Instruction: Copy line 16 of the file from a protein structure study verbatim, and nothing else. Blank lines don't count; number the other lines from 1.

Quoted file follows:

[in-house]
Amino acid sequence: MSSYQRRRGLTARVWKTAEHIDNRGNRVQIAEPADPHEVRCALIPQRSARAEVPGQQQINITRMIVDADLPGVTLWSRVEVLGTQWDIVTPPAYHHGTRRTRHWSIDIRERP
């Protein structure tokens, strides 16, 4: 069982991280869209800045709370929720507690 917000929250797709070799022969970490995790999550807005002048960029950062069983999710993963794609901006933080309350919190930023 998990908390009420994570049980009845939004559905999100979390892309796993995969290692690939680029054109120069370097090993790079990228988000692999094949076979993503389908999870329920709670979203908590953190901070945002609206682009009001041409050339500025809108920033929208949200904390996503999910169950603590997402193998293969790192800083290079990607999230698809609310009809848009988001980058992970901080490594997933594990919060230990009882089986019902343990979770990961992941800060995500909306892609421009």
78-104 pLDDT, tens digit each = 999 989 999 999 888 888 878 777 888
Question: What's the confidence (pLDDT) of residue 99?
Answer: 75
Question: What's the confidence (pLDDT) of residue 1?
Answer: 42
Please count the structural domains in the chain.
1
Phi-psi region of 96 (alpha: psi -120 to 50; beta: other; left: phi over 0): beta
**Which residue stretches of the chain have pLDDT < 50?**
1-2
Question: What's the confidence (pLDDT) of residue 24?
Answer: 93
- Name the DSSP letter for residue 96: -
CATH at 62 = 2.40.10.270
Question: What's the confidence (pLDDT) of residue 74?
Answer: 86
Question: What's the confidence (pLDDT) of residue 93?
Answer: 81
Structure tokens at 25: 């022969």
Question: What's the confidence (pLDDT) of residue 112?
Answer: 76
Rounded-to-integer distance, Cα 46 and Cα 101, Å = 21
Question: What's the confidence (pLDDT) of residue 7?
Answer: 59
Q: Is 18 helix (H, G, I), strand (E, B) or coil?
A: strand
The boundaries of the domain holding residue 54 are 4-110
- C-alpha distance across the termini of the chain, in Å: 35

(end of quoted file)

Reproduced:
- Name the DSSP letter for residue 96: -